The main purpose of this Manual is to provide useful guidelines for the selection of pathology tests and to facilitate interpretation of results.
Contains a comprehensive listing of all genes from the Human Gene Nomenclature Committee (HGNC) database alongside laboratories and tests available in the country.
A manual for the process of macroscopic dissection in Anatomical Pathology laboratories.
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Keywords: GTT, OGTT
Most non-pregnant patients do not require a GTT for the diagnosis of diabetes mellitus. A GTT should not be performed if:
The patient is ill. The test is invalid in the presence of intercurrent illness (eg, infection), or
The patient has symptoms suggestive of Diabetes mellitus, with either fasting plasma glucose ≥ 7.0 mmol/L or random plasma glucose ≥ 11.1 mmol/L, or two results in these ranges in the absence of symptoms.
In patients after recent surgery or trauma, which may impair glucose tolerance.
The patient is known to have Diabetes mellitus.
The test may be invalid if the patient is taking corticosteroids or β adrenergic agonists - consult pathologist.
HbA1c has been approved for the diagnosis of Diabetes mellitus in Australasia, although this is not appropriate for children or pregnant women.
For three days prior to the test the patient must be on a diet containing approximately 150 g of carbohydrate daily, i.e. the patient should not be on a calorie restricted diet.
Drug therapy should be noted on the request form and reviewed with the pathologist.
The test is performed immediately following a fast of at least 8 h, but no more than 16 h.
A fasting blood glucose may be performed immediately prior to the GTT. If the level is > 7.0 mmol/L, the GTT is usually not performed, as this level is diagnostic of diabetes mellitus.
Dose of oral glucose: adult - 75 g; child - 1.75 g/kg body weight (75 g maximum), but recommend to discuss with pathologist before testing.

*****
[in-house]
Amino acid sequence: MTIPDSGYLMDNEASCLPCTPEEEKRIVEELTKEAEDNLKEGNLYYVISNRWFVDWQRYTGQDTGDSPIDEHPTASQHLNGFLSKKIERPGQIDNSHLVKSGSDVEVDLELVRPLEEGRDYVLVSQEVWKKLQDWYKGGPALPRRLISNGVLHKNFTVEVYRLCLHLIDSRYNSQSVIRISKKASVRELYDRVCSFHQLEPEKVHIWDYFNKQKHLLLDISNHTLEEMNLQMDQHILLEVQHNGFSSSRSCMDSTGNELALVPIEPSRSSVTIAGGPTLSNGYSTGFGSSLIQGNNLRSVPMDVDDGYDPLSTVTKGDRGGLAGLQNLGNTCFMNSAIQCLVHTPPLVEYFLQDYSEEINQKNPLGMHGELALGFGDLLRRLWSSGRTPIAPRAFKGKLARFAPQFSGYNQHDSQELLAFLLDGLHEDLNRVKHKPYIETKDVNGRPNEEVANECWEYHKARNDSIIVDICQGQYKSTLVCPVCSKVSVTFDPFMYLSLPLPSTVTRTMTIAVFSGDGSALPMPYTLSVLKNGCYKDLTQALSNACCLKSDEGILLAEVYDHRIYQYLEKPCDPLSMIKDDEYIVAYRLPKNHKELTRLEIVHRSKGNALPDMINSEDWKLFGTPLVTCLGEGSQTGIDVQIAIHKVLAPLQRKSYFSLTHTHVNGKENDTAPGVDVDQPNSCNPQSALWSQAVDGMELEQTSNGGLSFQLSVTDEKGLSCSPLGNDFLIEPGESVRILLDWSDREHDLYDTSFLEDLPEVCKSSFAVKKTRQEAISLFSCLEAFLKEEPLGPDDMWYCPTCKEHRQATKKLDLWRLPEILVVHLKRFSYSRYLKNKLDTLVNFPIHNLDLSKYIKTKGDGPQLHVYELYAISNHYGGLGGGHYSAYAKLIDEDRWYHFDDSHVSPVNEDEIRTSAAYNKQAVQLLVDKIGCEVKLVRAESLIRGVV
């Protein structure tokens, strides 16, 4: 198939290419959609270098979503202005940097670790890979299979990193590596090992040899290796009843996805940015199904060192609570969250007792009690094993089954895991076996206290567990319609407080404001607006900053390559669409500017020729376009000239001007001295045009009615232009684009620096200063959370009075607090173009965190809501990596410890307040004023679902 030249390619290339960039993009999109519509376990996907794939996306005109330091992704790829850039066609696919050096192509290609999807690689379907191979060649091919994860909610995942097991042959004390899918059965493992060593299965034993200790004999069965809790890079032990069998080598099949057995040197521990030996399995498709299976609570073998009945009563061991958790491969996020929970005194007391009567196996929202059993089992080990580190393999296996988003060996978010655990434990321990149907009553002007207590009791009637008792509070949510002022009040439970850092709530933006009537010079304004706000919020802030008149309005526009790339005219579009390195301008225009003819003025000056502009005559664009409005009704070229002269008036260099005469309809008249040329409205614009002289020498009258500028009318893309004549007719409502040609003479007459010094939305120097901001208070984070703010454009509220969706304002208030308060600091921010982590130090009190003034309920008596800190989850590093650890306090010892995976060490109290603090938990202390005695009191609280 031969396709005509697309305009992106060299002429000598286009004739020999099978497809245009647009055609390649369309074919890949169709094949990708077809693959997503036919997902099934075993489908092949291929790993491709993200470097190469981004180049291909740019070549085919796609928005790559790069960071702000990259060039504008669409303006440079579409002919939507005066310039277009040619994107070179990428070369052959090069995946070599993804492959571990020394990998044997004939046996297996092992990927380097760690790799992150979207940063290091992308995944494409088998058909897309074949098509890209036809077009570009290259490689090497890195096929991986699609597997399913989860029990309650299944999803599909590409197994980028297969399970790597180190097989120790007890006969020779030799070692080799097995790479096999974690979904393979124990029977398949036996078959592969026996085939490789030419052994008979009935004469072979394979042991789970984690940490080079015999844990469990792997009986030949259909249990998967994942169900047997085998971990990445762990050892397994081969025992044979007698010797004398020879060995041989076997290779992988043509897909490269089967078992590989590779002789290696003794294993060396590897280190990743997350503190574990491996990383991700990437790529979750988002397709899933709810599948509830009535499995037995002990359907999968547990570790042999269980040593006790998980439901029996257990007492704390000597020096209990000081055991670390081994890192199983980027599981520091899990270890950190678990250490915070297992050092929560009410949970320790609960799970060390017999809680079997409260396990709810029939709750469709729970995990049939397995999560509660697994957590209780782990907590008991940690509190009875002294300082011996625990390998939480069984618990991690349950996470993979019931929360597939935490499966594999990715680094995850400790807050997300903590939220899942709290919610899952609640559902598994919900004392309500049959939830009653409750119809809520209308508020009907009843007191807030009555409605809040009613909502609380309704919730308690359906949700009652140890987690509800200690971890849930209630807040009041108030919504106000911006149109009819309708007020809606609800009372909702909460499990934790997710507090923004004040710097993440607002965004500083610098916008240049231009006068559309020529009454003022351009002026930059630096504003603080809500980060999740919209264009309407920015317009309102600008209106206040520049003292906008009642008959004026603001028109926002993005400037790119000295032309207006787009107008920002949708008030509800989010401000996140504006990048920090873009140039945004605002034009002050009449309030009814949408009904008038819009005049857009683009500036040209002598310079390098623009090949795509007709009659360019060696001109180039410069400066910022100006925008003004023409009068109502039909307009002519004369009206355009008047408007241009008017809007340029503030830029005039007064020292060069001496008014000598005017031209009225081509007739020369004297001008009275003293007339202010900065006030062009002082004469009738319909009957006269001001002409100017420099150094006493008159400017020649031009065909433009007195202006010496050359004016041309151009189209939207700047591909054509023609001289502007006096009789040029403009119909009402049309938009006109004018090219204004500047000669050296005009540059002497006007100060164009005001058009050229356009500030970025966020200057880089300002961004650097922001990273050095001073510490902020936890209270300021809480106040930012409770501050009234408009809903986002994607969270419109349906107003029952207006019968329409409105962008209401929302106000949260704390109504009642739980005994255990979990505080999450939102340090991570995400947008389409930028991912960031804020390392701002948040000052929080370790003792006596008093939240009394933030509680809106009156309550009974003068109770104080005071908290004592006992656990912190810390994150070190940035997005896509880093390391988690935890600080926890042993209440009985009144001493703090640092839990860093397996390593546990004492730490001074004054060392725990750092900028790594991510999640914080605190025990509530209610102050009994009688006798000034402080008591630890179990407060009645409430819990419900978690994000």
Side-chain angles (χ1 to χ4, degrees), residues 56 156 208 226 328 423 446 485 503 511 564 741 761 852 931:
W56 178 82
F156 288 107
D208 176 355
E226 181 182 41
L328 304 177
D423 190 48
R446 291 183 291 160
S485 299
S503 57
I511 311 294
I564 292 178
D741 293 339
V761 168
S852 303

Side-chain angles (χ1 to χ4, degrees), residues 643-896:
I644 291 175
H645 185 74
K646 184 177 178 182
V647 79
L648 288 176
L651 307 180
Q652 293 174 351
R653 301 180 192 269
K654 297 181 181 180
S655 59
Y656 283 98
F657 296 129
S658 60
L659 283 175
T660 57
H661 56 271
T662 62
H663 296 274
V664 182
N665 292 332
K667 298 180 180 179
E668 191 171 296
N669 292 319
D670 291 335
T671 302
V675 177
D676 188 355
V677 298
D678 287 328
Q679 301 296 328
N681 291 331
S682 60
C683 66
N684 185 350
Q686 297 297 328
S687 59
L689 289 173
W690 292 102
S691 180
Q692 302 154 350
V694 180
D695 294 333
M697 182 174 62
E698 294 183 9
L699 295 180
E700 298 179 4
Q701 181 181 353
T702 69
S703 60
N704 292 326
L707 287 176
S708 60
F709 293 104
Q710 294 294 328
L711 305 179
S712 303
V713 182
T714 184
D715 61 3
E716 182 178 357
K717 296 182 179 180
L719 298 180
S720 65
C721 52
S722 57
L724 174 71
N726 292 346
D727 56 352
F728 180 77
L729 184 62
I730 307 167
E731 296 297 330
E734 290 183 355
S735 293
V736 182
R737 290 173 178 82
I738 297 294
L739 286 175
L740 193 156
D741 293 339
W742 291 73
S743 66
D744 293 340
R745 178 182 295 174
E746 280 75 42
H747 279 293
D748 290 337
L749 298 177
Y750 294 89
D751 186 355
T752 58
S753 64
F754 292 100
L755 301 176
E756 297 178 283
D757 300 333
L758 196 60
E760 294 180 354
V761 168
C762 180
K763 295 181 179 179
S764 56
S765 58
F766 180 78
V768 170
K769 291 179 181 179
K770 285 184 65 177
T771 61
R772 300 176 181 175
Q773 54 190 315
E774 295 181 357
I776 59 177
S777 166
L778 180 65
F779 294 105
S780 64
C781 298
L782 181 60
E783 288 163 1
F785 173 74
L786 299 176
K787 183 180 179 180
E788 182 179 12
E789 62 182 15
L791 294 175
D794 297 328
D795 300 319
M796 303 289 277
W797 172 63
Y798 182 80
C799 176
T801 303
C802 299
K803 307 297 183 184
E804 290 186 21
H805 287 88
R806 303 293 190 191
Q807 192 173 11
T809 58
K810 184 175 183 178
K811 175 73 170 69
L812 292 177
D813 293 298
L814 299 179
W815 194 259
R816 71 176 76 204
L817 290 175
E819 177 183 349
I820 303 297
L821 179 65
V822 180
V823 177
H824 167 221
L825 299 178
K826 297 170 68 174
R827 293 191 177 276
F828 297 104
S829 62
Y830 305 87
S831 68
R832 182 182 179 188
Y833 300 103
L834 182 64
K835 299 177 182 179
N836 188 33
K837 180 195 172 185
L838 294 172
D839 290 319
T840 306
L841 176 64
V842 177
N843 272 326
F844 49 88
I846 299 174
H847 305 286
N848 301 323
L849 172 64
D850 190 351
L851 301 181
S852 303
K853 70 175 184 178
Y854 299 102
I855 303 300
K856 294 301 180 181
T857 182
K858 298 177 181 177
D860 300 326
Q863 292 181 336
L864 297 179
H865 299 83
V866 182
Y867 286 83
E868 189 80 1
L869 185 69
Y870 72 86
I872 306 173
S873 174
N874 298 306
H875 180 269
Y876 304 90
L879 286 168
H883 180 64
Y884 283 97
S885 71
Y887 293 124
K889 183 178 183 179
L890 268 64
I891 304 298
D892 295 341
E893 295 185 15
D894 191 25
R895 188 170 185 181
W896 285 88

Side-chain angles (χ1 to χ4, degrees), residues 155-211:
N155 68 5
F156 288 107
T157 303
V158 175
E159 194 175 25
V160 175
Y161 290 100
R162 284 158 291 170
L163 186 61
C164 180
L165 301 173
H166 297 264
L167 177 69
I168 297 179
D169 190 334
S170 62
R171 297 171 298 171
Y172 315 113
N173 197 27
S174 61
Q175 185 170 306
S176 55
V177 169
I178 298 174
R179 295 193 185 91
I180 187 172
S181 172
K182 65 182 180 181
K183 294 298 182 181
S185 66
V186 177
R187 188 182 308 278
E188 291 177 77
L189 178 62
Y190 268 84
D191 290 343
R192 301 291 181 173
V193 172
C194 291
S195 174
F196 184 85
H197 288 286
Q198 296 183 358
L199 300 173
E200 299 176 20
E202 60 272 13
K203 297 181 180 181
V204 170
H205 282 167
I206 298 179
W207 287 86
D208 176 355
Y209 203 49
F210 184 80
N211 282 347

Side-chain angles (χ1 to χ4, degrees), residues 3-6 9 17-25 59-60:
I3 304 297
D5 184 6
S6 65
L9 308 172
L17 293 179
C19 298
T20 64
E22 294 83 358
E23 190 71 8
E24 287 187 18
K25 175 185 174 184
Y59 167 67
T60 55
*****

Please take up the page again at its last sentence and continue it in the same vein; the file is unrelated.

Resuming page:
Reference intervals (non-pregnant):
Normal: Fasting < 6.1 mmol/L; 2 h < 7.8 mmol/L
Impaired glucose tolerance: Fasting < 7.0 mmol/L; 2 h 7.8-11.0 mmol/L
Impaired fasting glycaemia: Fasting 6.1-6.9 mmol/L; 2 h < 7.8 mmol/L
Diabetes mellitus: Fasting > 7.0 mmol/L; 2h > 11.1 mmol/L
Fasting ≥ 5.5 mmol/L and/or 2 h glucose ≥ 8.0 mmol/L
Note there are alternate diagnostic criteria.
International Association of the Diabetes and Pregnancy Study (IADPSG):
0 h ≥ 5.1 mmol/L
1 h ≥ 10.0 mmol/L
2 h ≥ 8.5 mmol/L
However at this point there is no consensus on the diagnostic criteria.
Diagnosis of gestational Diabetes mellitus or suspected diabetes when the fasting glucose is 5.5-6.9 mmol/L or a random glucose is 7.8-11.0 mmol/L.
In the presence of symptoms suggestive of Diabetes mellitus fulfilment of either criterion is sufficient to diagnose Diabetes mellitus.
In an asymptomatic patient fulfilling either criterion for Diabetes mellitus, at least one other diagnostic level on another occasion is required to establish the diagnosis of diabetes.
If there is still doubt the patient should be classified as having impaired glucose tolerance on the rationale that the final diagnosis of Diabetes mellitus should be unequivocal.
A pregnant patient should be regarded as having gestational diabetes if fasting glucose is > 5.5 mmol/L or 2 h glucose is > 8.0 mmol/L, although these criteria are not uniformly agreed.
If the 2 h level is < 11.1 mmol/L but is greater than the 1 h level the carbohydrate tolerance status of the patient cannot be determined as delayed absorption is present.
Colman PG et al. N Z Med J. 1999; 112(1086): 139-41.
Royal College of Pathologists of Australasia (RCPA) and Australasian Association of Clinical Biochemists (AACB) Position Statement on Impaired Fasting Glucose. Pathology 2008; 40(6): 627-628.
Metzger BE et al. Diabetes Care 2010; 33(3).
d’Emden MC et al. MJA 2012; 97(4): 220-221.
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